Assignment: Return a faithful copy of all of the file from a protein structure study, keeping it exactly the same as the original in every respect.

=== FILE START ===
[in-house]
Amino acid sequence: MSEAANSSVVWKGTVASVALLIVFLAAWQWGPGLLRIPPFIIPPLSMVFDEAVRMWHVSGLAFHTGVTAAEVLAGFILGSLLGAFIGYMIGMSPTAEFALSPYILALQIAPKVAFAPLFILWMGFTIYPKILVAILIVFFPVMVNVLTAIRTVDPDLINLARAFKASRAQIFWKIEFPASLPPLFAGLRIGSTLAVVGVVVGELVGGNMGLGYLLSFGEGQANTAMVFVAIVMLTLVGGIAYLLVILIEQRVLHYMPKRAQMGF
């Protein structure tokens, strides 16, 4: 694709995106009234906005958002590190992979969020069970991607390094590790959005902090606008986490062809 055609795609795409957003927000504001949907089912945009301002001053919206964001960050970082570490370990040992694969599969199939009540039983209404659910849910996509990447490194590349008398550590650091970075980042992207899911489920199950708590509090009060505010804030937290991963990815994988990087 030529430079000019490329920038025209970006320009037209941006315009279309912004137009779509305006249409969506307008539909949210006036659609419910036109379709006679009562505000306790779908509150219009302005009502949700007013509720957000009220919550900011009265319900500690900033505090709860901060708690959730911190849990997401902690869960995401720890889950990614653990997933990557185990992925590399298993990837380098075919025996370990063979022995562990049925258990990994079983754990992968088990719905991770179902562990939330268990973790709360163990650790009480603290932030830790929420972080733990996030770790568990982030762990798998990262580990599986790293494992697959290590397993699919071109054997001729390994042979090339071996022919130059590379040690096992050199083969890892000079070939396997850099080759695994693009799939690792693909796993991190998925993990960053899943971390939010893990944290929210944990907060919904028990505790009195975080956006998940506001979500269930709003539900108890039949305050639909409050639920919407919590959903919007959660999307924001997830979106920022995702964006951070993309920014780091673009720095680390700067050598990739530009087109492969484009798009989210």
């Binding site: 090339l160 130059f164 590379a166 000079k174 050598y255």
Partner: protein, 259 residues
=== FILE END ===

[in-house]
Amino acid sequence: MSEAANSSVVWKGTVASVALLIVFLAAWQWGPGLLRIPPFIIPPLSMVFDEAVRMWHVSGLAFHTGVTAAEVLAGFILGSLLGAFIGYMIGMSPTAEFALSPYILALQIAPKVAFAPLFILWMGFTIYPKILVAILIVFFPVMVNVLTAIRTVDPDLINLARAFKASRAQIFWKIEFPASLPPLFAGLRIGSTLAVVGVVVGELVGGNMGLGYLLSFGEGQANTAMVFVAIVMLTLVGGIAYLLVILIEQRVLHYMPKRAQMGF
């Protein structure tokens, strides 16, 4: 694709995106009234906005958002590190992979969020069970991607390094590790959005902090606008986490062809 055609795609795409957003927000504001949907089912945009301002001053919206964001960050970082570490370990040992694969599969199939009540039983209404659910849910996509990447490194590349008398550590650091970075980042992207899911489920199950708590509090009060505010804030937290991963990815994988990087 030529430079000019490329920038025209970006320009037209941006315009279309912004137009779509305006249409969506307008539909949210006036659609419910036109379709006679009562505000306790779908509150219009302005009502949700007013509720957000009220919550900011009265319900500690900033505090709860901060708690959730911190849990997401902690869960995401720890889950990614653990997933990557185990992925590399298993990837380098075919025996370990063979022995562990049925258990990994079983754990992968088990719905991770179902562990939330268990973790709360163990650790009480603290932030830790929420972080733990996030770790568990982030762990798998990262580990599986790293494992697959290590397993699919071109054997001729390994042979090339071996022919130059590379040690096992050199083969890892000079070939396997850099080759695994693009799939690792693909796993991190998925993990960053899943971390939010893990944290929210944990907060919904028990505790009195975080956006998940506001979500269930709003539900108890039949305050639909409050639920919407919590959903919007959660999307924001997830979106920022995702964006951070993309920014780091673009720095680390700067050598990739530009087109492969484009798009989210």
């Binding site: 090339l160 130059f164 590379a166 000079k174 050598y255």
Partner: protein, 259 residues